Block wp-login and xmlrpc brute force attacks with CSF / cPanel

Another great counter attack to “flooders” on your WordPress installations. This time with CSF firewall. I had massive brute force attacks on WordPress installations on some cPanel server which were causing very high server loads.¬† Here is great way to block abusers with CSF firewall. Here is how.

First, create custom log from which CSF will be able to search for wp-login.php and xmlrpc.php requests. Edit your /etc/csf/csf.conf like bellow:

CUSTOM2_LOG = "/var/log/apache2/domlogs/*/*"

Because majority of those attacks are from some very well known country’s that are causing problems, you may want to white list country’s from which users shouldn’t be blocked. Add list of white list country’s in CC_IGNORE.

Then you must create custom functions for CSF so it will be able to block those attacks. Add this to your /usr/local/csf/bin/regex.custom.pm file. If it’s not there, create one. Then add this:

# XMLRPC
if (($globlogs{CUSTOM1_LOG}{$lgfile}) and ($line =~ /(\S+).*] "\w*(?:GET|POST) \/xmlrpc\.php.*" /)) {
return ("WP XMLPRC Attack",$1,"XMLRPC","5","80,443","1");
}

# WP-LOGINS
if (($globlogs{CUSTOM1_LOG}{$lgfile}) and ($line =~ /(\S+).*] "\w*(?:GET|POST) \/wp-login\.php.*" /)) {
return ("WP Login Attack",$1,"WPLOGIN","5","80,443","1");
}

Restart CSF and check if LFD is doing his new job. On success you should see something like this:

May 10 11:33:16 cp lfd[589350]: (WPLOGIN) WP Login Attack 4.4.4.4 (PL/Poland/s1.hekko.net.pl): 5 in the last 600 secs - *Blocked in csf* [LF_CUSTOMTRIGGER]
May 10 11:33:36 cp lfd[589587]: (WPLOGIN) WP Login Attack 5.5.5.5 (TR/Turkey/5.5.5.5.linuxhosting.com.tr): 5 in the last 600 secs - *Blocked in csf* [LF_CUSTOMTRIGGER]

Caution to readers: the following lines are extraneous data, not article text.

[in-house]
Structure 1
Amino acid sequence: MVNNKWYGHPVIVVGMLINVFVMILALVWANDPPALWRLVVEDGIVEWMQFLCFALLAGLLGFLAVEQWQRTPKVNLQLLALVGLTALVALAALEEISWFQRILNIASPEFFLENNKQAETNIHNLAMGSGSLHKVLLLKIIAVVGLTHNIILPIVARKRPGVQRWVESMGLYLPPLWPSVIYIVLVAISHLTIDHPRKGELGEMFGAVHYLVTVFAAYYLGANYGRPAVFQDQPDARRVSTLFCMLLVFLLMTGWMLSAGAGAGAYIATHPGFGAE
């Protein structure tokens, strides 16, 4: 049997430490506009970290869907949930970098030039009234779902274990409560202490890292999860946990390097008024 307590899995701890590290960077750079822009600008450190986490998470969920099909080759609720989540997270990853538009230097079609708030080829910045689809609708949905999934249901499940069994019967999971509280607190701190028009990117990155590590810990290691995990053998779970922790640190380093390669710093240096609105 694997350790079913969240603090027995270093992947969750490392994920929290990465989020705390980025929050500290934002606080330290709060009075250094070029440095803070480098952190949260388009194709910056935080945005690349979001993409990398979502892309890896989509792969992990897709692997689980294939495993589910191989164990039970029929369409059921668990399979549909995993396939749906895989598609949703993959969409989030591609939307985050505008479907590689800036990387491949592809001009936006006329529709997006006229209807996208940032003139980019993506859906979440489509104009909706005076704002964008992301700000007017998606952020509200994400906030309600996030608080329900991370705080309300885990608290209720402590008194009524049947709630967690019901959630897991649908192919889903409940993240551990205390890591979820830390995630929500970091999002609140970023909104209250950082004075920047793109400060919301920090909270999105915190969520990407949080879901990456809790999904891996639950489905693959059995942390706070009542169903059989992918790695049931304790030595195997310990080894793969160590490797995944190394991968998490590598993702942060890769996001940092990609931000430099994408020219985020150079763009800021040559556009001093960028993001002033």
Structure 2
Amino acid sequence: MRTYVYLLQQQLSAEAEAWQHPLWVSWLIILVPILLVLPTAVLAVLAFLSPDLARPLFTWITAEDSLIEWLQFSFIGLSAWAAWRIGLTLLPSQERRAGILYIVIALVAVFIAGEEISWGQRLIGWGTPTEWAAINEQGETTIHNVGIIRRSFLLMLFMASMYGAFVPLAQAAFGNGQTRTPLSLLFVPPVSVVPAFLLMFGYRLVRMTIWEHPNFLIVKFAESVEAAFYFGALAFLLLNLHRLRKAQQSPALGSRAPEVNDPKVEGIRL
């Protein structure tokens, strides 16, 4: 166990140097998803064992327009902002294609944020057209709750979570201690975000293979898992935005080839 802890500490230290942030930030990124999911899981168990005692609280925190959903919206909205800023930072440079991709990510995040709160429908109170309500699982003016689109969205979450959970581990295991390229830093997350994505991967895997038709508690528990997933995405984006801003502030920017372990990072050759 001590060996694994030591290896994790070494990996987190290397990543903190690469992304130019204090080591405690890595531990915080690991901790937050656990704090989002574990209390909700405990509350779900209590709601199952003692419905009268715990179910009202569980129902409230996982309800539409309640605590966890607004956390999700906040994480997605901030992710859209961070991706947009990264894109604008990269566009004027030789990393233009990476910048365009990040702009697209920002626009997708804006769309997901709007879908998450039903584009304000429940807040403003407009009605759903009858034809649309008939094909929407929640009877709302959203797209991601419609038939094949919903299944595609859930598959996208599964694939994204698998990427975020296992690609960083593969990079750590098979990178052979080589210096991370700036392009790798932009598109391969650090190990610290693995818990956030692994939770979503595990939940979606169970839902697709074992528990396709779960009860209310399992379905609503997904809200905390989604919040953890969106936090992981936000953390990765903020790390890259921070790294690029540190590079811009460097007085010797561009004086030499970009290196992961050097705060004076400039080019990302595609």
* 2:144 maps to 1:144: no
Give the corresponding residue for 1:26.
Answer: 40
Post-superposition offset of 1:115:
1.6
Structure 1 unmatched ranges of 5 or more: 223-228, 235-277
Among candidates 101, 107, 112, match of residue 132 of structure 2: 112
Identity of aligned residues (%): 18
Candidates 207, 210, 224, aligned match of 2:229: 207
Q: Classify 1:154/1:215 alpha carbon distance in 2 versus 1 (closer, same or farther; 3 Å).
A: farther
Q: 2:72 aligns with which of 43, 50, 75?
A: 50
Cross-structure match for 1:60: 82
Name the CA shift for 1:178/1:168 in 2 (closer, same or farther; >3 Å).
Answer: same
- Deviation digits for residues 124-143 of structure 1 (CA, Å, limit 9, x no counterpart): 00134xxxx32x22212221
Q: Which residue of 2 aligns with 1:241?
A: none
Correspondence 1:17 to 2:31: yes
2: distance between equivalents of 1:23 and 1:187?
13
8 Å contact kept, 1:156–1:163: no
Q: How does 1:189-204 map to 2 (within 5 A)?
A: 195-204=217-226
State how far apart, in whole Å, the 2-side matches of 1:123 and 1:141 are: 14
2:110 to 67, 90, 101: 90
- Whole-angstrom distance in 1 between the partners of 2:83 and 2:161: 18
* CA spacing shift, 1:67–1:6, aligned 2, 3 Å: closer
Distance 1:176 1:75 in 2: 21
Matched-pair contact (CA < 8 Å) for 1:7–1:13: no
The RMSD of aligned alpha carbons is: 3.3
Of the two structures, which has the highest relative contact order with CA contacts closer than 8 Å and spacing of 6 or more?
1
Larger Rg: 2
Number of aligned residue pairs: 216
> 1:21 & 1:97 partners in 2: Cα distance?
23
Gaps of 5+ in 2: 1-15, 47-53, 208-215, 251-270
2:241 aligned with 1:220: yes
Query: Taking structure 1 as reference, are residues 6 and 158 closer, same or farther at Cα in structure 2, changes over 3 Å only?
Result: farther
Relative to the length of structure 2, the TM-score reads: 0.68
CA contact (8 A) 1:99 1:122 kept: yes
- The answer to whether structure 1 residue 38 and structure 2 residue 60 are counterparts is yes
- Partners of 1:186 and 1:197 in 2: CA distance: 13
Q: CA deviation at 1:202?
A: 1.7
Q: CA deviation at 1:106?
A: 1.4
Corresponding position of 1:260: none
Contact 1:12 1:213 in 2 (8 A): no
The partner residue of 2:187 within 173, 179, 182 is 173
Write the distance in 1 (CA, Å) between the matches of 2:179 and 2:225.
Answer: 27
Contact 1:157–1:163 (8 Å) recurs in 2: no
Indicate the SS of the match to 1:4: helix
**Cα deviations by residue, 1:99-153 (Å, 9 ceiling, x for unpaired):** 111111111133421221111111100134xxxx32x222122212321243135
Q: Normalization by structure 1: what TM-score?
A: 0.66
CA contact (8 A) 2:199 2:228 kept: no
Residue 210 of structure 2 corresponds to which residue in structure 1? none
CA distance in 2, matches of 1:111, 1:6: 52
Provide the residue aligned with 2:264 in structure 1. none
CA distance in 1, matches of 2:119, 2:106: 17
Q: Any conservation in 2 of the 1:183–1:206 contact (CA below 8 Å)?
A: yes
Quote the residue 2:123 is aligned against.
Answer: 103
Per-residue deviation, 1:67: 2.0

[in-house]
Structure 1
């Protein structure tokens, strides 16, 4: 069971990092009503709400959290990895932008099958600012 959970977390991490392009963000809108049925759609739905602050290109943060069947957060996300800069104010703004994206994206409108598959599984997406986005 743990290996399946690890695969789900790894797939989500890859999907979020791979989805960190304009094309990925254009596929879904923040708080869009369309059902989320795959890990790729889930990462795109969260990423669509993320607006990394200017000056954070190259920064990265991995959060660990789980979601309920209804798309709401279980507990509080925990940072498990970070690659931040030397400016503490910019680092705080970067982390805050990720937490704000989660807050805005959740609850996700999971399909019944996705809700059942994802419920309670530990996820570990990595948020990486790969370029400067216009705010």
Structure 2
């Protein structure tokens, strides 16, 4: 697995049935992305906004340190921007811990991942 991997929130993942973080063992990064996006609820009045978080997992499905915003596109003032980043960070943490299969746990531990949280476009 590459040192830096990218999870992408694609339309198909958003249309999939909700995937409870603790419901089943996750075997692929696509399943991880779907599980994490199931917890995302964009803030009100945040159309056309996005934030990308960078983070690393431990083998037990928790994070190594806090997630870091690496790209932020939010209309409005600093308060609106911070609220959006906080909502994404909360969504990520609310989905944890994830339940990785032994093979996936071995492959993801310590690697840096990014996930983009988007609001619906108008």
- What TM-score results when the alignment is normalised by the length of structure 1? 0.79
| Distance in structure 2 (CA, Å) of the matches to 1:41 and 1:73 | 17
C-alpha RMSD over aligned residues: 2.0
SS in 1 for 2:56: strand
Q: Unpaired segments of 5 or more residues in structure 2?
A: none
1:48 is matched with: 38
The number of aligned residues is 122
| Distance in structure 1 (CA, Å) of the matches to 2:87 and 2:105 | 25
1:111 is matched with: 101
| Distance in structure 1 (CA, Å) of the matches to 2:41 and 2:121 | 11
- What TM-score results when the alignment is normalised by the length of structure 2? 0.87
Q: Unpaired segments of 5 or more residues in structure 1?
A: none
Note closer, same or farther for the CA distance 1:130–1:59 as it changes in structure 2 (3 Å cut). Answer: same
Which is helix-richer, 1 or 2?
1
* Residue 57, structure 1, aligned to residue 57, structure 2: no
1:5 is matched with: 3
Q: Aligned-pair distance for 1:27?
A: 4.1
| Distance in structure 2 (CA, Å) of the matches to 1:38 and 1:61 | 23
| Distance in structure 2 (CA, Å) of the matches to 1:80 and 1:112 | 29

May 10 11:34:24 cp lfd[590012]: (WPLOGIN) WP Login Attack 6.6.6.6 (DE/Germany/static.6.6.6.6.clients.your-server.de): 5 in the last 600 secs - *Blocked in csf* [LF_CUSTOMTRIGGER]83247]: (WPLOGIN) WP Login Attack 7.7.7.7 (VN/Vietnam/-): 5 in the last 600 secs - *Blocked in csf* [LF_CUSTOMTRIGGER]
...

Requests for ignored country’s should look like this:

May 10 11:45:36 cp lfd[591718]: WP Login Attack 1.1.1.1 - ignored
May 10 11:45:41 cp lfd[591718]: WP Login Attack 2.2.2.2 - ignored
...

I hope this helps. ūüôā

Postfix – OpenDKIM not signing outgoing email (not authenticated)

I had this weird issue. On CentOS 7 I set up mail server with Postfix, Dovecot, ClamAV, rspamd and OpenDKIM. Everything was working fine except all of my outgoing emails weren’t signed by DKIM.

In mail log this message was shown:

...
Mar 2 14:02:16 vps opendkim[10810]: 6FD942E30BB: not authenticated
Mar 2 14:02:16 vps opendkim[10810]: 6FD942E30BB: no signature data
...

After a lot of trying different configs an options, I googled answer on this forum. Apparently, opendkim thought that user wasn’t authenticated, but in reality, it was. This was due to Postfix configuration. There was missing milter macro. I added {auth_type} macro to milter_mail_macros. Then restarted Opendkim and Postfix and it started to work properly.

Now my postfix configuration (main.cf) for milters looks like this:

milter_protocol = 6
milter_default_action = accept
milter_connect_macros = j {daemon_name} v {if_name} _
milter_mail_macros="i {mail_addr} {client_addr} {client_name} {auth_type} {auth_authen}"
smtpd_milters = inet:localhost:11332 inet:localhost:8891 unix:/var/spool/postfix/clamav/clamav-milter.socket
non_smtpd_milters = $smtpd_milters

And emails are getting signed correctly:

...
Mar 2 14:15:56 vps opendkim[11513]: 8C5213E36D: DKIM-Signature field added (s=mail, d=domain.com)
...

CSF – whitelist user from SMTP_BLOCK